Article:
Excerpt: One Night in Christmas
Snow blanketed the small mountain town of Christmas, Colorado, on the last night of the year. The pastel-painted shops that lined Main Street were decked out for the holidays, their colorful lights blinking through the gently falling flakes.
Sophia Dane couldn’t remember the last time she’d been this happy to the turn the sign on the door of her boutique, Naughty and Nice, to closed. She’d been run off her feet trying to dress what had felt like half the women in town. They’d begun arriving before eight that morning. She couldn’t afford to lose a single sale and had extended her hours of operation for the holidays.
But the women who crowded into her store today were in search of something to wear to the Dane’s New Year’s Eve party, a hastily organized affair to celebrate both the holiday and their grand reopening. And thanks to the family (of which she was no longer a member) holding their party at the recently renovated lodge, most of her customers had been looking for nice and cozy instead of gold and naughty.
She glanced down at the blush-colored mohair sweater she’d paired with gold-and-silver sequined leggings in an attempt to show her customers glamorous could be just as cozy as flannel and plaid. Her gaze flitted over several still-packed racks of clothing. Her strategy hadn’t worked as well as she’d hoped. It looked like she’d be holding a blow-out sale of all things glittery and gold this weekend.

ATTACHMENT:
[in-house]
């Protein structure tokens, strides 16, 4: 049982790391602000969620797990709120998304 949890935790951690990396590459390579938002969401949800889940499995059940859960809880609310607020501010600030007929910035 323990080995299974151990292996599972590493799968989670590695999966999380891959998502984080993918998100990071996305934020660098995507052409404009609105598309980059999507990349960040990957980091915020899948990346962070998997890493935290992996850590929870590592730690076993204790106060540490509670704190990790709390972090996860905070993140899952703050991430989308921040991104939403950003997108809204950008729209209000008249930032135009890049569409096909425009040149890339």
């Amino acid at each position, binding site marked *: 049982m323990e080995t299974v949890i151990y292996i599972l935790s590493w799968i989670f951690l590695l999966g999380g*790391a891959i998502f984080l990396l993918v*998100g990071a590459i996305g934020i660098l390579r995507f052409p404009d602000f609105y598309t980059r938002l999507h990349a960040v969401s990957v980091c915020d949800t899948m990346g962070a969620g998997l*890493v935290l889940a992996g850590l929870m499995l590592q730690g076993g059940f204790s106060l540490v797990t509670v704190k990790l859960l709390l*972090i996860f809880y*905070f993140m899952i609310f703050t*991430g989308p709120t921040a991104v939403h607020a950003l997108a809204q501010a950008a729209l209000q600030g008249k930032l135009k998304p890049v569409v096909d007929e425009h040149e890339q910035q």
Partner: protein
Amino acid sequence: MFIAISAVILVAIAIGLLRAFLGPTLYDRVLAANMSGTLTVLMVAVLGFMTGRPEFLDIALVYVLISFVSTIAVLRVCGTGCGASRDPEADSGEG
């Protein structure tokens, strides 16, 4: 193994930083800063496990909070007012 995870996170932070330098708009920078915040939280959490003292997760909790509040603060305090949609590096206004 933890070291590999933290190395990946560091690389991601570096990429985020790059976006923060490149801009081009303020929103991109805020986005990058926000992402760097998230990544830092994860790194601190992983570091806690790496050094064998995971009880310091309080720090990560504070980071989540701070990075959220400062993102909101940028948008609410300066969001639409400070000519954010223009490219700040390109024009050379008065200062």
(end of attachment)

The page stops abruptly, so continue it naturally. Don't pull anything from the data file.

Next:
“Autumn,” she called to the sister of her heart, whose sweet shop, Sugar and Spice, was housed in the same building as Sophia’s boutique. An arched opening in the wall providing access to both stores. Sophia liked to say she was the naughty of their joint venture, and Autumn was the nice.
They’d bought the rundown colonial on Main Street for a steal eight years ago this past April. Both their hearts had taken a beating just months before they’d decided to go into business together. Autumn’s husband, Logan Dane, had asked her for a divorce, breaking her heart and spirit.
Sophia had understood better than most what her best friend was going through at the time. She’d lost her own husband, Logan’s brother, in a skiing accident just weeks before Logan pulled the plug on his and Autumn’s marriage.
The months of back-breaking work it took to get the store in shape had been cathartic. It brought them back to life just as much as it had the old colonial on Main Street and created an unbreakable bond between the two friends.